Historians and sociologists have long noted that the end of state-enforced de jure segregation in the civil rights era was replaced by a new reality of de facto segregation enforced by privatization and markets. This privatization includes entire geographic areas smaller than any public general purpose government (such as a county or most municipalities). Neighborhoods and places are increasingly governed by structures like private homeowners associations, quasi-private business improvement districts (BIDs), or even technically public suburban micro-municipalities created through defensive incorporation—places like Highland Park, Texas (which is completely surrounded by Dallas) or Beverly Hills, Calif. (surrounded by Los Angeles).
There has clearly been significant demand for expanding this sort of hyperlocal governance capacity. In addition to the massive proliferation of homeowners associations, special districts like BIDs have rapidly expanded to the point where they are now almost as common as general purpose local governments (Figure 1). While these organizations typically engage in important community functions the public sector won’t or can’t take on—from maintaining and programming public spaces to small business assistance and beyond—many have also faced widespread challenges to their legitimacy, transparency, accountability, fairness, and capacity, particularly when it comes to the homeless or other marginalized populations. For example, some BIDs have been criticized for displacing people experiencing homelessness under the guise of claiming to help. Others have been criticized for not intervening enough. In the name of defending public space for shared use by all rather than occupancy by a few, place governance organizations have often failed to strike a balance that allows public spaces to work for everyone.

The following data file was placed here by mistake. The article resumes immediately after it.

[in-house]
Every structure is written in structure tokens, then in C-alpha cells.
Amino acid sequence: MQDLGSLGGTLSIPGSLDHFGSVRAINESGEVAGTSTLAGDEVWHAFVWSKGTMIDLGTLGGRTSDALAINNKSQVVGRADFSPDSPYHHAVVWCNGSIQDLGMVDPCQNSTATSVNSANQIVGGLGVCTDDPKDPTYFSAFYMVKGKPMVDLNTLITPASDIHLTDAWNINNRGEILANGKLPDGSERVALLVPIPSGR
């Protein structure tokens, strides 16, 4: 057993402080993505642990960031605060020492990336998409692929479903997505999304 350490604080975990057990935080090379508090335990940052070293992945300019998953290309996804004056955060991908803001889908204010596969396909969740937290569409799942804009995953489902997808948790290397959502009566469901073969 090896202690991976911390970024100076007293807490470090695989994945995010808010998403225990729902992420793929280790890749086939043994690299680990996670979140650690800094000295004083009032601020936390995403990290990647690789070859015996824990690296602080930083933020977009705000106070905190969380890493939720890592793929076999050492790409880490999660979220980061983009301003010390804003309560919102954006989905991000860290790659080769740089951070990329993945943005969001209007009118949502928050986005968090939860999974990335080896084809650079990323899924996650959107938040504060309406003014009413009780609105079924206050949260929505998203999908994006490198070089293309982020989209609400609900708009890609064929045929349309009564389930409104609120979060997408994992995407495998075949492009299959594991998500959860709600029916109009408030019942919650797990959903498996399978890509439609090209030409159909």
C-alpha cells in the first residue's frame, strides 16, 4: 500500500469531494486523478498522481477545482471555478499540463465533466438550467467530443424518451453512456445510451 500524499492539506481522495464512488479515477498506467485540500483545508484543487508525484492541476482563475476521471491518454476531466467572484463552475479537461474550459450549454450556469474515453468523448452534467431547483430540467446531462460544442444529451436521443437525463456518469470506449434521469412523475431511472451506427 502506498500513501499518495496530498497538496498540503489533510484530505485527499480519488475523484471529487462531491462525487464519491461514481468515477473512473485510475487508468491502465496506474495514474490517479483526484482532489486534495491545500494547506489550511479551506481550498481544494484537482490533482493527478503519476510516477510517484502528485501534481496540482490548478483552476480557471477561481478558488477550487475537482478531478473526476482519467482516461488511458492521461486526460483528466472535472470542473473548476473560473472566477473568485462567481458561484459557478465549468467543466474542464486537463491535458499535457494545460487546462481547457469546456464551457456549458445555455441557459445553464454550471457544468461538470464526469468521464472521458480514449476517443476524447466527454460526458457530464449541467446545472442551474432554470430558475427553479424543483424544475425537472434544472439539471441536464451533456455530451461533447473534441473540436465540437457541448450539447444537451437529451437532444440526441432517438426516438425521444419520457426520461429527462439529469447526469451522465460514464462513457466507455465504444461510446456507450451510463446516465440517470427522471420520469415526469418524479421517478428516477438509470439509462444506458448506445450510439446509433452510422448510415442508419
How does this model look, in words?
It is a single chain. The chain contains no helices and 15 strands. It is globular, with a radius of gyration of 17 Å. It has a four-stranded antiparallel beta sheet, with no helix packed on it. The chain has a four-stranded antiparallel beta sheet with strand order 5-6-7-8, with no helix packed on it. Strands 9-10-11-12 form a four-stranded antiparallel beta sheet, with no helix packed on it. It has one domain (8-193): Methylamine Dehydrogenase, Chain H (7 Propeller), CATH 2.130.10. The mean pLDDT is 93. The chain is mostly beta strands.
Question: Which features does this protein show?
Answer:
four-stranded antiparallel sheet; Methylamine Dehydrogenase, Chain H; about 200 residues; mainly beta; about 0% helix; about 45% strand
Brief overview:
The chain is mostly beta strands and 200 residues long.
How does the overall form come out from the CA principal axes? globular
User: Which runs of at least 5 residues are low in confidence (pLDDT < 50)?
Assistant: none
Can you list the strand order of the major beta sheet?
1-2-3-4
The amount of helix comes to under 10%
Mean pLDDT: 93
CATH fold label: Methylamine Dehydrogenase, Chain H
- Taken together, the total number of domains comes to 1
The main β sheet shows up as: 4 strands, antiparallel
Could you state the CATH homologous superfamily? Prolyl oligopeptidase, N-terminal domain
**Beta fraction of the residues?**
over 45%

While sometimes framed as incompetence or even malice, the fact is that there is a wide gap between the outsized responsibility many of these organizations bear to address homelessness (given the hyper-segregation of those experiencing it) and the capacity of these entities to do so given the scale and complexity of the challenge. Yet they are also uniquely positioned to help bridge that divide—to reach across, rather than exist within, boundaries typically erected by sector (e.g., real estate or service provision) and geography (e.g., neighborhood, tax district) to create a more integrated and inclusive service system that meets individuals who are unsheltered where they are. Some organizations are already taking this approach. For example, in 2018, Central Atlanta Progress and the Atlanta Downtown Improvement District hired a dedicated case manager focused on addressing the holistic needs of the unsheltered in and around Woodruff Park, building on other efforts to address homelessness in the area. And in San Francisco and Los Angeles, Urban Alchemy employs people with their own lived experience related to homelessness to engage and assist the unsheltered to improve safety and maintenance of public spaces for them and for other users. Still, most regions lack a comprehensive strategy to address homelessness that coordinates social service providers, housing agencies, healthcare and other city agencies with place-based organizations and public space managers—strategies that could help facilitate the transition of unsheltered individuals in public spaces into an appropriate Continuum of Care, and ultimately, into stable housing. Big metropolitan areas can contain a dozen or more Continuums of Care, and most do not include public space managers.
Elena Madison (Project for Public Spaces) and Joy Moses (National Alliance to End Homelessness) will discuss these issues in depth in their forthcoming chapter of “Hyperlocal: Place Governance in a Fragmented World,” to published by Brookings Press this spring. Through seven additional chapters written by authors from around the country, the book examines both the tensions and benefits associated with governing places in an increasingly fragmented—and inequitable—economic landscape. It provides nuanced insight into the role place governance plays in both contributing to and combating place-based socioeconomic inequities. Finally, it highlights how we can create and sustain more effective and inclusive place governance structures that support all members of a community—to not simply survive, but to thrive.